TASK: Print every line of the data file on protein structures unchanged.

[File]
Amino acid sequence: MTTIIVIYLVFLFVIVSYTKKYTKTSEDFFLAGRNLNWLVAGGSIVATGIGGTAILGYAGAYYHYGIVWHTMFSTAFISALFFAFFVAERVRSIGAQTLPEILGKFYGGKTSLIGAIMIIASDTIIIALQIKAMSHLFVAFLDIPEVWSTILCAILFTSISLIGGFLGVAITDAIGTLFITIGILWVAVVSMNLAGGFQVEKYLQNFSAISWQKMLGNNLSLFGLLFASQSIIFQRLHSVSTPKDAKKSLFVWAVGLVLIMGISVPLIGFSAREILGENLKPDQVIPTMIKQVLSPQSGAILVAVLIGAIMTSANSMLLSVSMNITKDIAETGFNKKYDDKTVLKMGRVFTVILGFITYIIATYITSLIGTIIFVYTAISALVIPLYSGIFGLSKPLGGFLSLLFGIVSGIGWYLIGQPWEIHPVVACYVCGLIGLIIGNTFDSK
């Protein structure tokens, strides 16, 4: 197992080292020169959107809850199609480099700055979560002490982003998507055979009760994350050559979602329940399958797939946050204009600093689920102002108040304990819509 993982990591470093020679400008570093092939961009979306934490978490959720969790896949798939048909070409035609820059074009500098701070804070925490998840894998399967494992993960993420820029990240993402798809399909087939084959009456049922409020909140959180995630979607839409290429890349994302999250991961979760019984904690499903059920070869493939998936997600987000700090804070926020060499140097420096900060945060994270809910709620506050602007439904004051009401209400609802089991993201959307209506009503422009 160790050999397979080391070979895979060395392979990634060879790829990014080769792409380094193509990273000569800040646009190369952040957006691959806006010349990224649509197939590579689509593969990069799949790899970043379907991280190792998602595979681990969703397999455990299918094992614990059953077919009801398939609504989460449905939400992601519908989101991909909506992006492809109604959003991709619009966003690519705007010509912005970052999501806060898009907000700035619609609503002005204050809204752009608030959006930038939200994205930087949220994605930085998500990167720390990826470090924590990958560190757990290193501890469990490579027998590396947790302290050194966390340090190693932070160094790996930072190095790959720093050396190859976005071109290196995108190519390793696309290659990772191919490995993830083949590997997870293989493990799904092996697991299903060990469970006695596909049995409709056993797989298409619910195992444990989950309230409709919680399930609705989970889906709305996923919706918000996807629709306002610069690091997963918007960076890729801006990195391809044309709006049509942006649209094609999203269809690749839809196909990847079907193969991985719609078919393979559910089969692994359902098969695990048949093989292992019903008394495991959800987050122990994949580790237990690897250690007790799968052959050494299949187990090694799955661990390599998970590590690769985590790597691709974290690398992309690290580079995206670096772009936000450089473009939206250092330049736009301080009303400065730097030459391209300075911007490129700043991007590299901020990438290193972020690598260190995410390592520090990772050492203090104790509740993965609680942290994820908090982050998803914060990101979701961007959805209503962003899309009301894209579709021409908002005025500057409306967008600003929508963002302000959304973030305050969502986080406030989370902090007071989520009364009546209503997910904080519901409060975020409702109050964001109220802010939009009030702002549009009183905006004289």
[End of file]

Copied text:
Amino acid sequence: MTTIIVIYLVFLFVIVSYTKKYTKTSEDFFLAGRNLNWLVAGGSIVATGIGGTAILGYAGAYYHYGIVWHTMFSTAFISALFFAFFVAERVRSIGAQTLPEILGKFYGGKTSLIGAIMIIASDTIIIALQIKAMSHLFVAFLDIPEVWSTILCAILFTSISLIGGFLGVAITDAIGTLFITIGILWVAVVSMNLAGGFQVEKYLQNFSAISWQKMLGNNLSLFGLLFASQSIIFQRLHSVSTPKDAKKSLFVWAVGLVLIMGISVPLIGFSAREILGENLKPDQVIPTMIKQVLSPQSGAILVAVLIGAIMTSANSMLLSVSMNITKDIAETGFNKKYDDKTVLKMGRVFTVILGFITYIIATYITSLIGTIIFVYTAISALVIPLYSGIFGLSKPLGGFLSLLFGIVSGIGWYLIGQPWEIHPVVACYVCGLIGLIIGNTFDSK
């Protein structure tokens, strides 16, 4: 197992080292020169959107809850199609480099700055979560002490982003998507055979009760994350050559979602329940399958797939946050204009600093689920102002108040304990819509 993982990591470093020679400008570093092939961009979306934490978490959720969790896949798939048909070409035609820059074009500098701070804070925490998840894998399967494992993960993420820029990240993402798809399909087939084959009456049922409020909140959180995630979607839409290429890349994302999250991961979760019984904690499903059920070869493939998936997600987000700090804070926020060499140097420096900060945060994270809910709620506050602007439904004051009401209400609802089991993201959307209506009503422009 160790050999397979080391070979895979060395392979990634060879790829990014080769792409380094193509990273000569800040646009190369952040957006691959806006010349990224649509197939590579689509593969990069799949790899970043379907991280190792998602595979681990969703397999455990299918094992614990059953077919009801398939609504989460449905939400992601519908989101991909909506992006492809109604959003991709619009966003690519705007010509912005970052999501806060898009907000700035619609609503002005204050809204752009608030959006930038939200994205930087949220994605930085998500990167720390990826470090924590990958560190757990290193501890469990490579027998590396947790302290050194966390340090190693932070160094790996930072190095790959720093050396190859976005071109290196995108190519390793696309290659990772191919490995993830083949590997997870293989493990799904092996697991299903060990469970006695596909049995409709056993797989298409619910195992444990989950309230409709919680399930609705989970889906709305996923919706918000996807629709306002610069690091997963918007960076890729801006990195391809044309709006049509942006649209094609999203269809690749839809196909990847079907193969991985719609078919393979559910089969692994359902098969695990048949093989292992019903008394495991959800987050122990994949580790237990690897250690007790799968052959050494299949187990090694799955661990390599998970590590690769985590790597691709974290690398992309690290580079995206670096772009936000450089473009939206250092330049736009301080009303400065730097030459391209300075911007490129700043991007590299901020990438290193972020690598260190995410390592520090990772050492203090104790509740993965609680942290994820908090982050998803914060990101979701961007959805209503962003899309009301894209579709021409908002005025500057409306967008600003929508963002302000959304973030305050969502986080406030989370902090007071989520009364009546209503997910904080519901409060975020409702109050964001109220802010939009009030702002549009009183905006004289």